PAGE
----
With the coaching marketplace becoming increasingly sophisticated, coaches and organizational consultants need to articulate how they add value for their clients.
At the Global Coaching Institute we believe one important marker of an advanced coach is their precision. Here’s what we mean by that:
Coaching with Precision
Imagine you are a patient about to have a surgical procedure. You don’t want your surgeon to just open you up and do a general search around for the problem. That would be shockingly amateur, and would be a waste of your resources.
Instead you’d want the surgeon to have a clear understanding of anatomy and physiology, and to be following the signs and symptoms toward a solution to your problem. Armed with this knowledge, your surgeon can skillfully and efficiently find their way around your body and will not waste your time looking for a brain tumor in your armpit.
For us as coach trainers, this means providing our students with a sound understanding of the dynamics of change. Great coaching demands a nuanced understanding of human motivation and behavior, as well as asking powerful questions to unlock new insight in our clients.
Individual Psychology and Systems
Just as you would expect your surgeon to understand more than the workings of a single isolated organ, we train our coaches to go beyond individual psychology. We see our clients as parts of a system, interacting in a changing environment.
Process oriented coaches are alert to systemic dynamics such as organisational politics, team relationships and the ways our professional roles influence our behavior.
In fact, like any advanced field of medicine or other science, our radar for those factors that influence client outcomes goes even further. Process oriented coaches are alert to social dimensions of the client’s experience, such as the dynamics of power in society and within themselves. How the client’s self-concept and the terrain they navigate are influenced by dominant messages of gender, race and ethnicity are also highlighted.
It is the process-oriented coach’s deep attention to multiple factors influencing their clients’ wellbeing, the ease or challenges they face, which makes them such a powerful ally.
Attention to Feedback
But something else adds to the GCI trained coach’s precision. Attention to feedback goes far beyond any background understanding of the anatomy and physiology of growth and change. Observing and acting on feedback takes place in the coaching moment, and is dependent on the acuity of the coach’s skills.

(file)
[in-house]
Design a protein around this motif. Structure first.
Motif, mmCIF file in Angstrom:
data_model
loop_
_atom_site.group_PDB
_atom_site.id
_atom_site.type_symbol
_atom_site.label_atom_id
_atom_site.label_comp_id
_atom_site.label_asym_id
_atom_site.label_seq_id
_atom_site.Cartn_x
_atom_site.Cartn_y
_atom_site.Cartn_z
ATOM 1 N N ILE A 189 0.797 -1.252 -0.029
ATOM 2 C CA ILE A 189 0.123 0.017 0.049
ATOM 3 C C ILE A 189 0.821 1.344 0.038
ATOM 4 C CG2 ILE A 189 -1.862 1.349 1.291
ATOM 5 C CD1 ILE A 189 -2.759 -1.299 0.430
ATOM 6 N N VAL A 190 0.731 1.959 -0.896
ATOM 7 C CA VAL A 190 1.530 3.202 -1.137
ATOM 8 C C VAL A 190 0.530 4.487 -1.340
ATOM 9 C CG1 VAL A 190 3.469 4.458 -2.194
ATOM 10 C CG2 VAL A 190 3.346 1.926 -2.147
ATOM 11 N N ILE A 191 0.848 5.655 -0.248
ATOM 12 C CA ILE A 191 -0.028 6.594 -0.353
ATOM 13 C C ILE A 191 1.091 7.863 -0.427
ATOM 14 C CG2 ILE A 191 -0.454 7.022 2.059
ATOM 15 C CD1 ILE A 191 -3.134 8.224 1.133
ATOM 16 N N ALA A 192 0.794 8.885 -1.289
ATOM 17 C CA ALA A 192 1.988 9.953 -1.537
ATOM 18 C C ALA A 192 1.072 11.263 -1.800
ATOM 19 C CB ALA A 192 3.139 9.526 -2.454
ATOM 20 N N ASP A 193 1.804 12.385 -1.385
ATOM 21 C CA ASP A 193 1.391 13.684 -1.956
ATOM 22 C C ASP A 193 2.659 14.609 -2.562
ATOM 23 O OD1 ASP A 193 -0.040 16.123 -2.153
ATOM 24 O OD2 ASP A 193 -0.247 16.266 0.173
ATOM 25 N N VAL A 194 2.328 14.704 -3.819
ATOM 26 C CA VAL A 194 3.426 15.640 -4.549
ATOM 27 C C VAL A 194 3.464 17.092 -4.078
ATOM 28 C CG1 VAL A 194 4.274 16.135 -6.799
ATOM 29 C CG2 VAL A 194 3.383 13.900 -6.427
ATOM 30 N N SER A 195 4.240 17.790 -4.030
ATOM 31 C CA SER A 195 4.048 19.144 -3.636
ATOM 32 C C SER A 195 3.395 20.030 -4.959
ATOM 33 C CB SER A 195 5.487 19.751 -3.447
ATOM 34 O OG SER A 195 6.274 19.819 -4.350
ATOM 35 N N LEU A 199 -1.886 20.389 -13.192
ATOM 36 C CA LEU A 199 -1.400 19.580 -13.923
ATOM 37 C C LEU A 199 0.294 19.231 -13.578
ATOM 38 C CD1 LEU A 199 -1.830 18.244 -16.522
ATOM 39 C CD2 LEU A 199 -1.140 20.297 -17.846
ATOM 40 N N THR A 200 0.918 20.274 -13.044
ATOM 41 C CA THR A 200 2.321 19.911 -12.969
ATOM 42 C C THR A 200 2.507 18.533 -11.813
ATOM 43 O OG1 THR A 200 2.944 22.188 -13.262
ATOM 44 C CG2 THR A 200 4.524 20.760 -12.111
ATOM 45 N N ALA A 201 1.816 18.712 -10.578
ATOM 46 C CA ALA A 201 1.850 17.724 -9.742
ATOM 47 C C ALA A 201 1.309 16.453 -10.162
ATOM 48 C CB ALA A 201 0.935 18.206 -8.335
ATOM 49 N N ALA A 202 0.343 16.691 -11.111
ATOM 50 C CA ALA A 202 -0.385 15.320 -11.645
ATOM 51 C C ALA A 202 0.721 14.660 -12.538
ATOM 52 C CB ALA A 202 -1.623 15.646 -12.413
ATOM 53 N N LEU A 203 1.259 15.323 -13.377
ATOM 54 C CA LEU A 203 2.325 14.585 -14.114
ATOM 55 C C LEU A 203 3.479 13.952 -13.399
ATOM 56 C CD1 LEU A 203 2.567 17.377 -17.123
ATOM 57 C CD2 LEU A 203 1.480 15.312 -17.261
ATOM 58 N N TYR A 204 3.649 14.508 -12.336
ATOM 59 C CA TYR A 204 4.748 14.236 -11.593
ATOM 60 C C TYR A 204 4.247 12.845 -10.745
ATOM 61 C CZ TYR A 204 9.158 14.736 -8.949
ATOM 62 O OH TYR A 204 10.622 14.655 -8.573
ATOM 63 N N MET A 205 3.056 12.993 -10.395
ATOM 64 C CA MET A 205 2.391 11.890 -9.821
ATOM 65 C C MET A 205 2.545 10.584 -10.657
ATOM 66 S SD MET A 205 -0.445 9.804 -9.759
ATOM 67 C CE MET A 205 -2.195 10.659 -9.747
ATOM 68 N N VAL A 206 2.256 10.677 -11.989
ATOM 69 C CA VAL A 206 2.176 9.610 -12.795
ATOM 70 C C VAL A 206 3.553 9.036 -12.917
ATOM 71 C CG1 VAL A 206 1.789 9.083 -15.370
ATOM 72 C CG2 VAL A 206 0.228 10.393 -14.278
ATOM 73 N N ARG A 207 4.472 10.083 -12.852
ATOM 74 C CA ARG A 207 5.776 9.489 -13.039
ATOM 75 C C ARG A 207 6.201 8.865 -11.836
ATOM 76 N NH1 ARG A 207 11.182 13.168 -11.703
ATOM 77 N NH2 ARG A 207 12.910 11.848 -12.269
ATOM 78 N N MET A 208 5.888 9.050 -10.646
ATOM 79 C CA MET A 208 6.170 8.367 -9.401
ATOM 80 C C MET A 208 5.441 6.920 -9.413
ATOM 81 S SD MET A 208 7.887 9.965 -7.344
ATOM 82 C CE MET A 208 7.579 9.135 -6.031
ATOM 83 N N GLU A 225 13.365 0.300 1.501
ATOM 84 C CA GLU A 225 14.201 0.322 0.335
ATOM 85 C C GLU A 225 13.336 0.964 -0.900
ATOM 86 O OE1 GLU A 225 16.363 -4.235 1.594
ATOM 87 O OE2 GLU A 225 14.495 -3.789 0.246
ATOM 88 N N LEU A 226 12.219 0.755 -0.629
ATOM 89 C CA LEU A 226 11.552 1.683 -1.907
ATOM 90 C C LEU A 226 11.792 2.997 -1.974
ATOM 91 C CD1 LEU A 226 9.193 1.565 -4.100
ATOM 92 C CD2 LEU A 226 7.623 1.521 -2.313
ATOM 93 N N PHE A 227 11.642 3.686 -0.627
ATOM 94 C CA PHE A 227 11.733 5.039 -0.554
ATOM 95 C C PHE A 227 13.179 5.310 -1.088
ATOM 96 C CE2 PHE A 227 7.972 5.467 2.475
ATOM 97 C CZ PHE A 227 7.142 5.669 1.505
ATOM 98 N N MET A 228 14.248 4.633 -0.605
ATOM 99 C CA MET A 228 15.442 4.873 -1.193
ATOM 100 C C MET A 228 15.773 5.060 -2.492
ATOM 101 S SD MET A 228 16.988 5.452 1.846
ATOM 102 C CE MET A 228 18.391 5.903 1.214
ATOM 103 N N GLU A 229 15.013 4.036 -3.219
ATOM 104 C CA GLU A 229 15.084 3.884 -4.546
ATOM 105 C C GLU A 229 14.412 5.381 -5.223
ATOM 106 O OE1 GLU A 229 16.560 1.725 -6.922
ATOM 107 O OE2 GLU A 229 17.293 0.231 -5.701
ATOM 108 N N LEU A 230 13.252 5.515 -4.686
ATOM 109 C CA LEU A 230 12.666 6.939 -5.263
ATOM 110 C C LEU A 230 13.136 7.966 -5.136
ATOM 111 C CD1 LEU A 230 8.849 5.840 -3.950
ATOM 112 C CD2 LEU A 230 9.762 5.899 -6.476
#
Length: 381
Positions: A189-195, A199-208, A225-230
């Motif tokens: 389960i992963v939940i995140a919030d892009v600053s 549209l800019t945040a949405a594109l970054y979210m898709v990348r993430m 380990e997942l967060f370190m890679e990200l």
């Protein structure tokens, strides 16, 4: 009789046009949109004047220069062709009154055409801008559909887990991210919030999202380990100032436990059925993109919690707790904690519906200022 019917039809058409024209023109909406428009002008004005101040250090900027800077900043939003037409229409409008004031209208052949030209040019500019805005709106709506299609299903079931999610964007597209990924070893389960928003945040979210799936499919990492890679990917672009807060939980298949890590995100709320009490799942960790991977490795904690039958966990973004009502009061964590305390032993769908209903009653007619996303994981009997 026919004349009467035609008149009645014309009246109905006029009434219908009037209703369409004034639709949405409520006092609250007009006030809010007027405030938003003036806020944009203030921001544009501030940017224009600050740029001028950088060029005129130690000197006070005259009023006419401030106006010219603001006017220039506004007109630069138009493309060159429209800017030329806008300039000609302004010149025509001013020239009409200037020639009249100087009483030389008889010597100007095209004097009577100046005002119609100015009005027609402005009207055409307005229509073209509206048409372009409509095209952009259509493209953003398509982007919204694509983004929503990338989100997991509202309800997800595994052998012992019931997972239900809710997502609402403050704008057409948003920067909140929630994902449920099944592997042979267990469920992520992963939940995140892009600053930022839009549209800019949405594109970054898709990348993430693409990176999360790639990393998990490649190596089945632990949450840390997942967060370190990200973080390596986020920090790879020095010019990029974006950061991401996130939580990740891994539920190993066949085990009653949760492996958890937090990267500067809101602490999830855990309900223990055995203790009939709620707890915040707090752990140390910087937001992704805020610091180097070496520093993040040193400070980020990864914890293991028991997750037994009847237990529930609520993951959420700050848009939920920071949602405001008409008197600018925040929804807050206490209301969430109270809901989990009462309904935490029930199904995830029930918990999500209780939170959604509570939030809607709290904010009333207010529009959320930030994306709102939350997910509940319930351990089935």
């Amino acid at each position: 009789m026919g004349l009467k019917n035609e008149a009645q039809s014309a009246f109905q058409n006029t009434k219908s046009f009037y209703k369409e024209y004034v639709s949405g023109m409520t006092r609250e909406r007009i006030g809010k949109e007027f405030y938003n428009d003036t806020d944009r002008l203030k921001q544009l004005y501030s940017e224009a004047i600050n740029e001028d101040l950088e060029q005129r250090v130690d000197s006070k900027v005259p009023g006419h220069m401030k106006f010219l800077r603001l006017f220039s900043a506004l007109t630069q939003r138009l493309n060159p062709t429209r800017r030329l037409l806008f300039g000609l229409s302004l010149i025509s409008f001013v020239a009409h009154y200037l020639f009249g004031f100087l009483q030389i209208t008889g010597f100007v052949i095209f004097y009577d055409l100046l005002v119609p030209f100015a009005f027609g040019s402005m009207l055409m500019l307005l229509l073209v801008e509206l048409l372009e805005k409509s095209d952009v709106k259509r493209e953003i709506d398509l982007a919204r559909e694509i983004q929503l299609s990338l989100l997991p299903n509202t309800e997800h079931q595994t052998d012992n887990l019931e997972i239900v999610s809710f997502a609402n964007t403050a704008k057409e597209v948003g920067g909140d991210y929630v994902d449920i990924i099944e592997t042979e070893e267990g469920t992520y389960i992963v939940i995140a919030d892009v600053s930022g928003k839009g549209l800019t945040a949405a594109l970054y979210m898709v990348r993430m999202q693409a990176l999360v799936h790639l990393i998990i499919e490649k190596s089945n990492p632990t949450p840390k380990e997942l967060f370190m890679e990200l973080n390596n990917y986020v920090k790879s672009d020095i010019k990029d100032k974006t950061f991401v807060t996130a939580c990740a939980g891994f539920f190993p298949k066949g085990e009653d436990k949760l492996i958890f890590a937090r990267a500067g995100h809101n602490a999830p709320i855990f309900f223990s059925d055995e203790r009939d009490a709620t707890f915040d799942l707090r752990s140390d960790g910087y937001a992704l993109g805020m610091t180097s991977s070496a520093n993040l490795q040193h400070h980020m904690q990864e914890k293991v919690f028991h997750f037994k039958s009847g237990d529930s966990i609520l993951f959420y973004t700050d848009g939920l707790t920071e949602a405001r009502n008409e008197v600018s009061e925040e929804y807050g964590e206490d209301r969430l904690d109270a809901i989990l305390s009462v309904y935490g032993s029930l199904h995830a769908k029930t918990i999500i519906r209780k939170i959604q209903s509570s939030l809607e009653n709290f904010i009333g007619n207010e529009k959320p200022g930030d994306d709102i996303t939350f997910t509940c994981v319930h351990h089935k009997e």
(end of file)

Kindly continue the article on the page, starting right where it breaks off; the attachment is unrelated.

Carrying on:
As I have mentioned previously, my first career and post graduate studies were in the field of neurology. Perhaps that’s why I find neuro-surgery one of the most fascinating domains of medicine. Precision is everything in neuro-surgery.
In most neuro-surgical procedures the client is awake, because the surgeon needs the clients feedback throughout the entire procedure. Undertaking an operation and then waiting till the client wakes up to see whether the surgeon was on the right neural pathway is not an option. The same applies to coaching.
Coaches partner with their clients to determine which path of enquiry to undertake.
At the Global Coaching Institute, we take partnering and the capacity to read feedback from our clients very seriously. We are alert to the power differential that can be implicit within the coaching relationship. It brings the potential for feedback to be slightly skewed in favor of pleasing the coach.
Working with Contradictory Feedback
We are also aware of something truly marvelous; the different feedback mechanisms that reflect the conscious and unconscious mind of the client. Let’s say for instance, your client excitedly proclaims that they could NEVER do something. Yet, at the same time, they smile and laugh and become animated. Which part of this feedback should you follow? The acuity of a process oriented coach is in their ability to spot simultaneous and contradictory feedback and to work with both, for sustainable growth and change.
Guided by Feedback
Returning to our analogy of the neuro-surgeon, the procedure is guided in part by the client’s feedback. For coaches, this feedback, both verbal and non-verbal. may indicate a specific approach is needed, an intervention needs to be slowed down, or a slight segue should be taken, before returning to the topic at hand. For a process oriented coach, the energetic dimensions of feedback inform the coaching path as much as a client’s conscious choice of words.
Of course, coaches are not surgeons, but it is this surgical-like precision and acuity that clients are looking for. It not only ensures they are in good hands, but also guarantees you will pick up the subtle cues and clues that other coaches miss. That is a real value add.
Interested in developing greater precision and acuity in your coaching practice? Check out our upcoming programs in Australia and Barcelona.